Can you sue someone after buying a house from them?
In an ideal world, we would purchase our dream home and live in it happily ever after. Or at least for a few years until we’re ready for something else.
For an unlucky few, it doesn’t work out this way. For some people, the dream of home ownership can turn into a nightmare – with serious problems only discovered after you’ve exchanged contracts.
If this sounds like your situation, and you believe the seller knew about the issues at the point of sale, you might be wondering whether you can sue them.
Let’s explore your options.
Can you sue someone after buying their house?
The short answer is yes. A buyer can make a legal claim against a seller after purchasing a property from them in the UK.
If the buyer believes that the seller significantly misrepresented the condition or some other aspect of the property, they may have a case under UK law so long as certain conditions are met.
These conditions include things like the amount of time that has passed since the sale, and whether the buyer can prove misrepresentation under UK law.
The good news is that buying a house in the UK is protected under a set of regulations called ‘Consumer Protection from Unfair Trading Regulations 2008’ or CPRs. CPRs stated that any agent or seller who provides false information amounting to 'misleading actions' or 'misleading omissions' during the selling process will have committed a crime.
What counts as a ‘misleading action’ or ‘misleading omission’?
You might be wondering what counts as a misleading action or omission. The scope is quite broad, so it's best to think of it in simple terms – that the seller is obliged to declare upfront all known information – whether positive or negative – pertaining to the property.
So, if anything was misrepresented or left out at the point of sale that has an impact on the property's value, the new owner’s health or their use of the property, this could be grounds for legal action by the buyer to reclaim compensation. This includes latent or material defects that significantly impact the property's value or put people at risk.
Things like undeclared damp, structural issues, toxic plants or materials, neighbourly disputes, flooding, proposed developments and boundary disagreements are all potential grounds for the buyer to sue.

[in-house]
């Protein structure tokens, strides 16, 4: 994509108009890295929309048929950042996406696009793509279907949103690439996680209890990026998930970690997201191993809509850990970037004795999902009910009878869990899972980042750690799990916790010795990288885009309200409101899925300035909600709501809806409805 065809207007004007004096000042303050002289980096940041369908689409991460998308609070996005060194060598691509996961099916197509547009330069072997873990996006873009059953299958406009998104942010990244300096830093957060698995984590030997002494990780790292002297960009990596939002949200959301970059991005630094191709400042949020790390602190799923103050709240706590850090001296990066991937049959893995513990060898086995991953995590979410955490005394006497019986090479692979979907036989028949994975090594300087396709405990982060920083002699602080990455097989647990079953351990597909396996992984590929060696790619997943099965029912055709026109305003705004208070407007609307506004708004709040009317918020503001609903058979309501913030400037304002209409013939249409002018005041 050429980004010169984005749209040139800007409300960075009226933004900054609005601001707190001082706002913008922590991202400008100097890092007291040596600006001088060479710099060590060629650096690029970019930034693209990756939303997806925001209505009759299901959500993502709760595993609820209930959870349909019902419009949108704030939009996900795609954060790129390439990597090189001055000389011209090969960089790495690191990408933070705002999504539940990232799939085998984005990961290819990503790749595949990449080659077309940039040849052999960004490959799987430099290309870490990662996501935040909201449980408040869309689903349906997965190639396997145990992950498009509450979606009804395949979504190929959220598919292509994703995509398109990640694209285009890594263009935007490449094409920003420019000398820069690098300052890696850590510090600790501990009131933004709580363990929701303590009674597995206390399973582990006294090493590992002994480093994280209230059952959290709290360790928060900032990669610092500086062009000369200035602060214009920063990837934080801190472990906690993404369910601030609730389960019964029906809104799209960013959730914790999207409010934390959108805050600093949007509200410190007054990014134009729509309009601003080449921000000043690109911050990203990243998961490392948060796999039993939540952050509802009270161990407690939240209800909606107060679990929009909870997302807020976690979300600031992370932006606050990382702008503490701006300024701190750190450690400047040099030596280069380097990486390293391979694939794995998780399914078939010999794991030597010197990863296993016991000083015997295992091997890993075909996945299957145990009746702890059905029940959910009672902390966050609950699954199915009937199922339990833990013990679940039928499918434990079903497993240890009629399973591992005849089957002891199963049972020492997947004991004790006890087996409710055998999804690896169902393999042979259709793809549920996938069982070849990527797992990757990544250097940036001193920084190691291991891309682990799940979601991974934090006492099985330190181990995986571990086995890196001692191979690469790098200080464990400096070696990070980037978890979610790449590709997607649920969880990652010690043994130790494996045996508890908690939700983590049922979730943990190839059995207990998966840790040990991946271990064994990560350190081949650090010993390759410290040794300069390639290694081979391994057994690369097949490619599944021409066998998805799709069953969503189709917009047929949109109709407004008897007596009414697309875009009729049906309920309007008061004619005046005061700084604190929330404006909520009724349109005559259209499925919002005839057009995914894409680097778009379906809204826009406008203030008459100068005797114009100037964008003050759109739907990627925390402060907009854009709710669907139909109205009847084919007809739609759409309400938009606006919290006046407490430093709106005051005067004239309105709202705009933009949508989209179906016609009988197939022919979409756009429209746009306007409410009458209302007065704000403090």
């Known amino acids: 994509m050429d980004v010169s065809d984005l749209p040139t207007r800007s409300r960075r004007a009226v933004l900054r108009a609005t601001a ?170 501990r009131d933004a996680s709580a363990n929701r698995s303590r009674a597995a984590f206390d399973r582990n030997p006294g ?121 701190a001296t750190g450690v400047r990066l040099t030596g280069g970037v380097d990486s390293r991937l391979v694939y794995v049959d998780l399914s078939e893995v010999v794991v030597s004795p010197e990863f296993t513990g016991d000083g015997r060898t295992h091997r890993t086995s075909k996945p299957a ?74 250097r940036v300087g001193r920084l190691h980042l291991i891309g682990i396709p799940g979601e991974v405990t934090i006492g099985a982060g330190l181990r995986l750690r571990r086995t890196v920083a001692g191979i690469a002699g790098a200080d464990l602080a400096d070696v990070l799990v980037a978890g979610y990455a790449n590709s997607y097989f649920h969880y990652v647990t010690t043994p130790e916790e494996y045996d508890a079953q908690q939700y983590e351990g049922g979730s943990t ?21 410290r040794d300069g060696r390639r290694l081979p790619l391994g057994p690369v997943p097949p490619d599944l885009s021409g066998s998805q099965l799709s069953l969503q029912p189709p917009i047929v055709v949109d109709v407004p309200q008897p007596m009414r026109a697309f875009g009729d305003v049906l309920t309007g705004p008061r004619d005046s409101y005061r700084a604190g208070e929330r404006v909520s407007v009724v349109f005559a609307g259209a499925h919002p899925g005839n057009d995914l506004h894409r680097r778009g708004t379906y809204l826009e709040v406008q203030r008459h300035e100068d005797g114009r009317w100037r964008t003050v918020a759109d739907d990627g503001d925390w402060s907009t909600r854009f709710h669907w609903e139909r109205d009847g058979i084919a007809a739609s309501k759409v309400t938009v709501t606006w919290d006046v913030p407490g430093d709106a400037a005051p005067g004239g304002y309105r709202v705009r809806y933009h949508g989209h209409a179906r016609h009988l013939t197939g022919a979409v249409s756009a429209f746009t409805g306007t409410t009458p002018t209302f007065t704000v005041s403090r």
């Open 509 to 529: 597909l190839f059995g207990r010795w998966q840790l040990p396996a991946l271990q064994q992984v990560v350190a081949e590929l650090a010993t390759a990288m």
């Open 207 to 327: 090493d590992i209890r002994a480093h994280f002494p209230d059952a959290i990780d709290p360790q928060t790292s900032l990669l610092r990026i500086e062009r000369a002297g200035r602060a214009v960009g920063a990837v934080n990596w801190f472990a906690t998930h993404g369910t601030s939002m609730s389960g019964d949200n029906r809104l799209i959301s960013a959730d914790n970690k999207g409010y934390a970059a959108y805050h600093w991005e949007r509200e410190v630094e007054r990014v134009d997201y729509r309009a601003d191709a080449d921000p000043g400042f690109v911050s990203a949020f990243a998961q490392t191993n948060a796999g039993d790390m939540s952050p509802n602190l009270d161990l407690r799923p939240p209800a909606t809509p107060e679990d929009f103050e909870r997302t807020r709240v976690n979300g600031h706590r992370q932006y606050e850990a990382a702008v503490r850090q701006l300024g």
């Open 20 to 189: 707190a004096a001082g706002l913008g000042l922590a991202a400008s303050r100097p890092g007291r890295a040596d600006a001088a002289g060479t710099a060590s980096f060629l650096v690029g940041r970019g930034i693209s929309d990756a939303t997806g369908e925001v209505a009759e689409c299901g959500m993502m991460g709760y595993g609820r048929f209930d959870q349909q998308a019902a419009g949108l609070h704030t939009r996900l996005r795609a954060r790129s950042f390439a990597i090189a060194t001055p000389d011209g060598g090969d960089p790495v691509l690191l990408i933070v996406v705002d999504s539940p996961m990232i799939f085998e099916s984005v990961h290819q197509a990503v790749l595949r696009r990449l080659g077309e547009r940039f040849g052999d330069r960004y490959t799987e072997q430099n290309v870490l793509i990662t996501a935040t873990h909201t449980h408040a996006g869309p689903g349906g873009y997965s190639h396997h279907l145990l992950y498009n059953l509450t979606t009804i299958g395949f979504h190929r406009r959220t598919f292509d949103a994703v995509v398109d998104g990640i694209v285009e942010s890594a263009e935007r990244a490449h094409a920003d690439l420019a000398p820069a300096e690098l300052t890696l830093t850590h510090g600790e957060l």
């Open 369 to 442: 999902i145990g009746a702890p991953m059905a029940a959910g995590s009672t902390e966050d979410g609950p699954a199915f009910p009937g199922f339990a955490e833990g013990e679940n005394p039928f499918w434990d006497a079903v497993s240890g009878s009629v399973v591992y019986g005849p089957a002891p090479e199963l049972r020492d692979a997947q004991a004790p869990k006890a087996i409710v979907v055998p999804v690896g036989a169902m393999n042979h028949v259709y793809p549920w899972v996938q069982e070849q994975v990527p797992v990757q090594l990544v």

Does having a TA6 form protect the seller from being sued?
Not necessarily. As part of the selling process, most sellers complete a Property Information Form known as a TA6. This document should include all the critical information about the property, from its boundaries, parking, neighbourly disputes, change of use notices, planning proposals, environmental matters, insurance and much more.
In addition to the TA6, there is the TA10 form which sets out the fixtures, fittings and furnishings that will be included with the sale.
If the seller doesn’t know an answer to a question on the TA6 or T10 forms, they should let their solicitor know. It is possible to leave sections blank, but it's likely to put off potential buyers, so having all the information – good and bad – is best.
These forms are legally binding, and deliberately presenting false information on this form is a big no-no. Anyone that does runs the risk of a claim being made against them by the buyer following the completion of the sale.
I want to sue the person who sold me my house
If you've bought a property based on information you later discovered was false or misleading, you may have grounds for a claim against the seller.
First, consider the statute of limitations. This is the length of time that has passed since you completed on the property, and it can be anywhere from two to six years. After the statute of limitations has passed, you’re generally unable to make a claim.
If it’s within the statute of limitations, you may be able to either:
- Receive compensation from the seller in the form of damages
- Get the contract dissolved and receive your money back
However, for either of these to happen, you'd need to prove that the seller knew about the issue. This could be in the form of written communication with the seller prior to the sale or official documentation such as council records which indicate knowledge, for example, correspondence about a boundary dispute.
If you feel that you can prove the seller was aware of the issue, you should consult a solicitor who deals with property misrepresentation claims. With their help, you should send a letter to the seller explaining your position and plan to seek damages via the court system. You should familiarise yourself with the Misrepresentations Act 1967, although your solicitor should walk you through the process of lodging a claim. They will have to prove misrepresentation under UK law, but as they're experts in law, they'll have a good idea of whether your claim will be successful from the outset.
What about the home survey?
If this has happened to you, you might wonder why your surveyor didn't pick up on the issues with your property. Surveyors aren’t infallible, and it’s rare but not impossible for oversights to happen. It’s the seller’s legal duty to declare known issues with the property, but if you think the surveyor was negligent in their work, you can pursue a separate claim against them.
Some final thoughts
If you’re the buyer, you should always exercise caution before you buy any property. A thorough home survey and the conveyancing process should shake down most major issues, but we know that sometimes problems simply fall through the cracks. Having a solicitor on your side who has taken on – and won – cases like yours before will be key to your success.
And if any sellers are reading this – never be tempted to omit or misrepresent anything about the property you’re selling. Even if you manage to defend yourself against the charges, legal battles never come cheap.